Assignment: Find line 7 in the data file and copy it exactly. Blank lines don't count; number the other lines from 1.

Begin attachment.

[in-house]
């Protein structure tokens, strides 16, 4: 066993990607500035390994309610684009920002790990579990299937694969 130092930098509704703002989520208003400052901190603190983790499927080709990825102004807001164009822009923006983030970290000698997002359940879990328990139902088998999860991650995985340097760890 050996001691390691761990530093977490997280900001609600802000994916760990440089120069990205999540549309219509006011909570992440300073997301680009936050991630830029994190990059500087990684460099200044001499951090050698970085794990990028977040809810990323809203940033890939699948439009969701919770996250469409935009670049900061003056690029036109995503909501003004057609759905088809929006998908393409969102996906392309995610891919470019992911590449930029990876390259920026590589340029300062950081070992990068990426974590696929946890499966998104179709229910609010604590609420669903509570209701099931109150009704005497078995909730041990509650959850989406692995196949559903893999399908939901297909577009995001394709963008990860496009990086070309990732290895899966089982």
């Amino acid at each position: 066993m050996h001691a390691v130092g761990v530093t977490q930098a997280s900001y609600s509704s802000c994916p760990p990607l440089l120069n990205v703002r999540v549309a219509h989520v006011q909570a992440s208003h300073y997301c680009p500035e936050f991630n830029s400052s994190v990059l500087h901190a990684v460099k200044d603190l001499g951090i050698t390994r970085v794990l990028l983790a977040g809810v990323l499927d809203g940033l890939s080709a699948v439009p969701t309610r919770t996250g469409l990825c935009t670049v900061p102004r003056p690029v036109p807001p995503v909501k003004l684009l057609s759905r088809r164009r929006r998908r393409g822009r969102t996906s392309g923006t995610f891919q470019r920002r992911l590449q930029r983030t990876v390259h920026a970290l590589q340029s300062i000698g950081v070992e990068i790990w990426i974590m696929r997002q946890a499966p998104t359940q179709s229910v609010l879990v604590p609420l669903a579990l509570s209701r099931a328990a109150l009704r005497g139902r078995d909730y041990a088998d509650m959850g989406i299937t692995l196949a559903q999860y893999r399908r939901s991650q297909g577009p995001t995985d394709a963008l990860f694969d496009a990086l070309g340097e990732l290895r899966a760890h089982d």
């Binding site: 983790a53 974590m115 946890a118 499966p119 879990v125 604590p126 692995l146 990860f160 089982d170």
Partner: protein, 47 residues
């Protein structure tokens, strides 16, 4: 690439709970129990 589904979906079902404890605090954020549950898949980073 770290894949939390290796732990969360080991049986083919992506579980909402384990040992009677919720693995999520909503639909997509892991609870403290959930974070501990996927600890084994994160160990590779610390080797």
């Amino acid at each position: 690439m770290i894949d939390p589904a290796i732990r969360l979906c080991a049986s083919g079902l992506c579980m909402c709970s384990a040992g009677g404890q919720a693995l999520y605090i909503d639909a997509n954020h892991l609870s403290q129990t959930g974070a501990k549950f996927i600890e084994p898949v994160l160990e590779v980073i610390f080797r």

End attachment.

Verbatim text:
């Amino acid at each position: 690439m770290i894949d939390p589904a290796i732990r969360l979906c080991a049986s083919g079902l992506c579980m909402c709970s384990a040992g009677g404890q919720a693995l999520y605090i909503d639909a997509n954020h892991l609870s403290q129990t959930g974070a501990k549950f996927i600890e084994p898949v994160l160990e590779v980073i610390f080797r």